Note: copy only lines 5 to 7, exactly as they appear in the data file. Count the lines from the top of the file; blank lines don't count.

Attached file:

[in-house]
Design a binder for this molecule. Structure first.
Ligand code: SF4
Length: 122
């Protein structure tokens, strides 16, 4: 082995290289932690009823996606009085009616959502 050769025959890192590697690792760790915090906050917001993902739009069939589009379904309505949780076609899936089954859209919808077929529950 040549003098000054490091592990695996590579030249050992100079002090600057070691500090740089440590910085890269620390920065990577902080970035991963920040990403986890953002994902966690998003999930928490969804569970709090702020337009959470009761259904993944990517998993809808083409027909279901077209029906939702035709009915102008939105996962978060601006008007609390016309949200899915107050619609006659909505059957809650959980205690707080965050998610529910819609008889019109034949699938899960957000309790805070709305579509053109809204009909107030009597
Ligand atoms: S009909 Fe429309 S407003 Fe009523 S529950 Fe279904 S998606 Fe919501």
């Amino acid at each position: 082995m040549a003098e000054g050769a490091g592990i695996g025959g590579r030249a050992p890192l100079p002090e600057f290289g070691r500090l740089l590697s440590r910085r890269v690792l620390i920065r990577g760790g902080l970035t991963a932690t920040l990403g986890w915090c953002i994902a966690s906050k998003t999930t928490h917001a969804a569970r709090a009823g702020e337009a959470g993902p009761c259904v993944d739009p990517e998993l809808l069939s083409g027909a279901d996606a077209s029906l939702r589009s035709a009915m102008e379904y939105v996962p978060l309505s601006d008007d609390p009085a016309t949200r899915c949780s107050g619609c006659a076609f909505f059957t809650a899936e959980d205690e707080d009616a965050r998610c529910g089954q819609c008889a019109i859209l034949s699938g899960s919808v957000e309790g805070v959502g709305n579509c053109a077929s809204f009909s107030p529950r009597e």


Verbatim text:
């Protein structure tokens, strides 16, 4: 082995290289932690009823996606009085009616959502 050769025959890192590697690792760790915090906050917001993902739009069939589009379904309505949780076609899936089954859209919808077929529950 040549003098000054490091592990695996590579030249050992100079002090600057070691500090740089440590910085890269620390920065990577902080970035991963920040990403986890953002994902966690998003999930928490969804569970709090702020337009959470009761259904993944990517998993809808083409027909279901077209029906939702035709009915102008939105996962978060601006008007609390016309949200899915107050619609006659909505059957809650959980205690707080965050998610529910819609008889019109034949699938899960957000309790805070709305579509053109809204009909107030009597
Ligand atoms: S009909 Fe429309 S407003 Fe009523 S529950 Fe279904 S998606 Fe919501």
């Amino acid at each position: 082995m040549a003098e000054g050769a490091g592990i695996g025959g590579r030249a050992p890192l100079p002090e600057f290289g070691r500090l740089l590697s440590r910085r890269v690792l620390i920065r990577g760790g902080l970035t991963a932690t920040l990403g986890w915090c953002i994902a966690s906050k998003t999930t928490h917001a969804a569970r709090a009823g702020e337009a959470g993902p009761c259904v993944d739009p990517e998993l809808l069939s083409g027909a279901d996606a077209s029906l939702r589009s035709a009915m102008e379904y939105v996962p978060l309505s601006d008007d609390p009085a016309t949200r899915c949780s107050g619609c006659a076609f909505f059957t809650a899936e959980d205690e707080d009616a965050r998610c529910g089954q819609c008889a019109i859209l034949s699938g899960s919808v957000e309790g805070v959502g709305n579509c053109a077929s809204f009909s107030p529950r009597e």